The Guéranger Blog

Welcome to the Gueranger Blog! You have stumbled across the notebook I use to record my thoughts as I read through Dom Prosper Gueranger's 15-volume set, The Liturgical Year. I do not have any special expertise in liturgy, but I have some general knowledge of Catholic theology and an enthusiasm for Gueranger's magnum opus. Think of it as the Liturgical Year fan site!

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A Trinitarian Imprecision

Canisius | 01 June, 2007 07:50

In today's meditation, Dom Gueranger mentions the fact that the Holy Spirit is the only one of the three persons of the Trinity who does not have another person proceding from him. Then he mentions a patristic thought on this (IX,411):

Hence, as the holy fathers teach, the Holy Ghost received a fecundity outside, having none within, the Godhead.

This "fecundity outside the Godhead" is, of course, the Spirit's action in the Incarnation of Christ and the sanctification of Christ's members.

This is an example of what I think should be left behind from patristic thought. It is not only imprecise, which is not in itself necessarily a problem, but slightly misleading. It portrays the Holy Spirit as having some kind of lack or defect that can be supplied by something "received" from creation. This portrayal creates a pleasing picture of the Father as principle of the Son, the Father and the Son as principle of the Spirit, and the Father and Son and Spirit as principle of what is outside the Godhead; but this pleasing picture also implies that the Spirit would have pined away in eternity had he not created and sanctified man. The element of fittingness in this picture makes it all the more persuasive and therefore all the more misleading.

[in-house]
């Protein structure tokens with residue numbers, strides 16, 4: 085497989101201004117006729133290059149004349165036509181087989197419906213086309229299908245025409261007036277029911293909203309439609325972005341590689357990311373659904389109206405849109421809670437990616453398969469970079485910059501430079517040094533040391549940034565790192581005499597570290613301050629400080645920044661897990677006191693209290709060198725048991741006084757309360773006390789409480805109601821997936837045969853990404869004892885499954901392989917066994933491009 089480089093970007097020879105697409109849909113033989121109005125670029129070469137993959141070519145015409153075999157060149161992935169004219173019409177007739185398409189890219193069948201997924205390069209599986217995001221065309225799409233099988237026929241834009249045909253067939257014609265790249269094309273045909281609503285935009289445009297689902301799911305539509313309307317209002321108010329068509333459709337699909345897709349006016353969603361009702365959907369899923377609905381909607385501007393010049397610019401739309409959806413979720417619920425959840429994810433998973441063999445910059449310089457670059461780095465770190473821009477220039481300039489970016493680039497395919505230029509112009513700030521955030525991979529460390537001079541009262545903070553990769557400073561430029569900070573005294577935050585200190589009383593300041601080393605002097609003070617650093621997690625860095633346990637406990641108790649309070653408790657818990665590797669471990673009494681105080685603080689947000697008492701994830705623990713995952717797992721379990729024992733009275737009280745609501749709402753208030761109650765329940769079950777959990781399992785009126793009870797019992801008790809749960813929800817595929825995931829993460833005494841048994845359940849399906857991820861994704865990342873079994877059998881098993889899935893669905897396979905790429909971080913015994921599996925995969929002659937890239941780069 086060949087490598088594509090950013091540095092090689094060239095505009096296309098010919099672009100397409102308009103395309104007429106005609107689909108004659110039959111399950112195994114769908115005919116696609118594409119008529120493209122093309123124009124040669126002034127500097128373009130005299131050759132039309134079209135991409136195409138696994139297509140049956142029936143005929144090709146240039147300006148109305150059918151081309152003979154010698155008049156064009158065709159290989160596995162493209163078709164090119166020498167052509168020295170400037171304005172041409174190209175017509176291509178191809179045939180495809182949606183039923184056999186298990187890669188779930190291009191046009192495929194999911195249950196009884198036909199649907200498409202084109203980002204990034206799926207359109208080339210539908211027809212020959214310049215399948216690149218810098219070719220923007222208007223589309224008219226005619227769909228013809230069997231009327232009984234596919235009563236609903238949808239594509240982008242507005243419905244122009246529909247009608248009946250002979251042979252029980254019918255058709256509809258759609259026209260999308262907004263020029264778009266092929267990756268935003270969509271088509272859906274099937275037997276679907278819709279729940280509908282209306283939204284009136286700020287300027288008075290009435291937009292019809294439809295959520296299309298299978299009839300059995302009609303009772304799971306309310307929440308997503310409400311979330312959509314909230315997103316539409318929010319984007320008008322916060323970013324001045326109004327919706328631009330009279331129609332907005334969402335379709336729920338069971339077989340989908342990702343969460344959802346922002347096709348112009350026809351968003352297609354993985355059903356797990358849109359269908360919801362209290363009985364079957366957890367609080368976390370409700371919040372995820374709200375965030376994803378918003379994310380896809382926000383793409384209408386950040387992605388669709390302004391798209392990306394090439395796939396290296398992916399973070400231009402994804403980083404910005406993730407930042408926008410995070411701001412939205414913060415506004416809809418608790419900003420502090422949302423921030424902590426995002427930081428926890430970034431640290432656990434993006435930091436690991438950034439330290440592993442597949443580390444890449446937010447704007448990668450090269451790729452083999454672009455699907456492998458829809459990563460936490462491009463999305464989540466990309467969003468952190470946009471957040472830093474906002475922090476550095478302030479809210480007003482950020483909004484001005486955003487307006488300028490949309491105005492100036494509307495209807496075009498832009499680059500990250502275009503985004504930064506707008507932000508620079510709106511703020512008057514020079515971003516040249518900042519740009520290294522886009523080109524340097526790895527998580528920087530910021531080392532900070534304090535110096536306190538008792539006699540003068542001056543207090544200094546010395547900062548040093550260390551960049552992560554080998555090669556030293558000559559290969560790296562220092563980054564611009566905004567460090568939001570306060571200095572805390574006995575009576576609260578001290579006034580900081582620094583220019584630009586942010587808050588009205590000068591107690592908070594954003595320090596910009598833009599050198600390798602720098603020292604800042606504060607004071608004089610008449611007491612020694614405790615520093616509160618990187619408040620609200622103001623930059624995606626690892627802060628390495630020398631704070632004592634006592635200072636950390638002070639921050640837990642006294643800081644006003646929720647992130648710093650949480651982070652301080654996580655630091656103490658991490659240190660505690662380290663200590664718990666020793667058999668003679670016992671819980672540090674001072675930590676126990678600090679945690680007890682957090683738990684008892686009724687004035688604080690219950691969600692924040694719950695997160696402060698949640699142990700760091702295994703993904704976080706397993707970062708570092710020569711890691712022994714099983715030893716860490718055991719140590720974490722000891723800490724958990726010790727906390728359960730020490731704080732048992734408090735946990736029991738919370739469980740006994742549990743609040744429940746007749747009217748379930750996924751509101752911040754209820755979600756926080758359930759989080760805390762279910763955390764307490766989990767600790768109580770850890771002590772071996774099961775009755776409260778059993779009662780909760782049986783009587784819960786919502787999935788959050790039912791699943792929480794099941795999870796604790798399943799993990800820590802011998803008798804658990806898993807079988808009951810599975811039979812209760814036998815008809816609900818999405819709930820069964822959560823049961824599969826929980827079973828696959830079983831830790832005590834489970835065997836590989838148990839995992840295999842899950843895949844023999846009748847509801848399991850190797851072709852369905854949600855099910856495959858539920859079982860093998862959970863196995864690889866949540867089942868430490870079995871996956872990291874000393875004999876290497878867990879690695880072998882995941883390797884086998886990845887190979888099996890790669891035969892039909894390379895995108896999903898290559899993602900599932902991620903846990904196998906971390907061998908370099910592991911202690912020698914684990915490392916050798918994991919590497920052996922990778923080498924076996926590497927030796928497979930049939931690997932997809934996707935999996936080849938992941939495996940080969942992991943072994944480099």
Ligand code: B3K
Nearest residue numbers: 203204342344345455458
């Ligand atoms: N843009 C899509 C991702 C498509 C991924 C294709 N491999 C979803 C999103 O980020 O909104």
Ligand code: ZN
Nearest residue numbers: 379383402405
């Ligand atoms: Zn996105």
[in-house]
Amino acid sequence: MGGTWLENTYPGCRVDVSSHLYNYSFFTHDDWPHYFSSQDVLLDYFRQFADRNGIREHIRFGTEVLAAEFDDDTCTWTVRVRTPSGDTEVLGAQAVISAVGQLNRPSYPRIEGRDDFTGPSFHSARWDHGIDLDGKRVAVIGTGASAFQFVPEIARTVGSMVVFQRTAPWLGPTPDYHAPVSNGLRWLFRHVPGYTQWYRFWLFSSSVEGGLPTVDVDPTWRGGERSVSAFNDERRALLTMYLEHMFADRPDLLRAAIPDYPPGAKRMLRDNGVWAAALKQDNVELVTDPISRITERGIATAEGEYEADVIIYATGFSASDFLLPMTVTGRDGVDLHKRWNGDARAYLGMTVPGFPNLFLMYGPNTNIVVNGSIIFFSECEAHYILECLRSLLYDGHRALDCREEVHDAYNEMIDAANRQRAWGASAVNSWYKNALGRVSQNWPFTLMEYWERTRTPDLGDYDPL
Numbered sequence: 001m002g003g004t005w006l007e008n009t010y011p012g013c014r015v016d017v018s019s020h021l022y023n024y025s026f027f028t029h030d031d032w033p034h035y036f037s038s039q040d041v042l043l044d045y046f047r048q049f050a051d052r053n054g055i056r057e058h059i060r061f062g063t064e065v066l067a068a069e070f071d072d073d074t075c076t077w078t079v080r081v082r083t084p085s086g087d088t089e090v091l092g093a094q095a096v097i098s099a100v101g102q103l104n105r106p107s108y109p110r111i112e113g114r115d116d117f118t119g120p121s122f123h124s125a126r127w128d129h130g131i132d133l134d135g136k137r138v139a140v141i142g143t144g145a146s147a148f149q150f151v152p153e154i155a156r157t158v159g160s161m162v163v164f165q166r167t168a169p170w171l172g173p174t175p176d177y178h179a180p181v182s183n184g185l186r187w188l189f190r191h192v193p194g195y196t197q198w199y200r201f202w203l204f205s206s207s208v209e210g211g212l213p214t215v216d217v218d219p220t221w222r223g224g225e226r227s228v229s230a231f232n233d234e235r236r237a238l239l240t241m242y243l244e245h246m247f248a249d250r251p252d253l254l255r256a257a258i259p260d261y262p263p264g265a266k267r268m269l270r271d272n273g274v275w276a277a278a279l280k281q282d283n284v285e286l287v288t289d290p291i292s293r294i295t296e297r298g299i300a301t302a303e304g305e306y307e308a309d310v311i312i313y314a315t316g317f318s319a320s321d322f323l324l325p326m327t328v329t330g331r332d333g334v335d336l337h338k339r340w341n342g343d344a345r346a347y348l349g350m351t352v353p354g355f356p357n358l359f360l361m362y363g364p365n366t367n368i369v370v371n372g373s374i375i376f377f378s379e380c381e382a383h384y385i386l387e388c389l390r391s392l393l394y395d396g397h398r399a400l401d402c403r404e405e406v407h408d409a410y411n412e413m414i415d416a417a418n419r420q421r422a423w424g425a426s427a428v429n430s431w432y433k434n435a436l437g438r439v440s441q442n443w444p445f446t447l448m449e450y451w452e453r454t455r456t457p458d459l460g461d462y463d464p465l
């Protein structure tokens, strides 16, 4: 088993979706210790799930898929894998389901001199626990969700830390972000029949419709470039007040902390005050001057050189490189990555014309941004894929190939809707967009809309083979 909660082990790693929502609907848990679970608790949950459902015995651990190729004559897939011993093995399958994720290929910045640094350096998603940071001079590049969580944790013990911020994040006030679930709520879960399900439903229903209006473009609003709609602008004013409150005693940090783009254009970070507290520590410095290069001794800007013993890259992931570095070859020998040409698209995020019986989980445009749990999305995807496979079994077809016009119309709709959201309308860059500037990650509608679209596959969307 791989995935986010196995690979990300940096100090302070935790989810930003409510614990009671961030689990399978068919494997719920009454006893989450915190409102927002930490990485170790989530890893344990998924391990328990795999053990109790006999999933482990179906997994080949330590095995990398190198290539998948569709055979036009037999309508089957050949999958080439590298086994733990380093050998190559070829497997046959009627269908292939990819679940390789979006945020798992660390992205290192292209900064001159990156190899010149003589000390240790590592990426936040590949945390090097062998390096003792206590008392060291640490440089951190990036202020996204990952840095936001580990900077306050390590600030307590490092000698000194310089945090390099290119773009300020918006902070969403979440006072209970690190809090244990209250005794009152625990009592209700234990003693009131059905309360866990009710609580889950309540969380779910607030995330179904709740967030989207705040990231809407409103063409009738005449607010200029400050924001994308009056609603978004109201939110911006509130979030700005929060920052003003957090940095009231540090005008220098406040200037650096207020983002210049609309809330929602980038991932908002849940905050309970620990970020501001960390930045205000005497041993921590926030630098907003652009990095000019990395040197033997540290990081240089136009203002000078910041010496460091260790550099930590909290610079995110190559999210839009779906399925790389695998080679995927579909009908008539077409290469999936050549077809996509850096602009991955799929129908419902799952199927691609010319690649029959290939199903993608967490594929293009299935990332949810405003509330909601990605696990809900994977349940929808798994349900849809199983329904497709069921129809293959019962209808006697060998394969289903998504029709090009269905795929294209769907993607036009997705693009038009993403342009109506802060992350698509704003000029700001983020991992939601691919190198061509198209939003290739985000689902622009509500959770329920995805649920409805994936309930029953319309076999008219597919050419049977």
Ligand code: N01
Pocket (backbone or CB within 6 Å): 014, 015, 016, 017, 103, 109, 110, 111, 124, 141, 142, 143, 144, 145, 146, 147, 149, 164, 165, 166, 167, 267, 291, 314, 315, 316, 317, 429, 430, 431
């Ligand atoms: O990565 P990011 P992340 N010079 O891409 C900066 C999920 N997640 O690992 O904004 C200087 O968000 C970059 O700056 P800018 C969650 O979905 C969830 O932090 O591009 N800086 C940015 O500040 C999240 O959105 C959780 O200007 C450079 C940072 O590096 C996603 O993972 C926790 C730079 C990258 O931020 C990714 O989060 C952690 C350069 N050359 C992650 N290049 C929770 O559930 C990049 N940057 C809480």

Although I am no patristic expert, my impression has been that we do not get this kind of thing from the greatest of the Fathers: Augustine, Gregory Naziansen, Basil. For whatever reason, when I have encountered this kind of thought that sees God as imperfect and in need or truly suffering, it seems to come from Gregory of Nyssa--but I am sure there are others.


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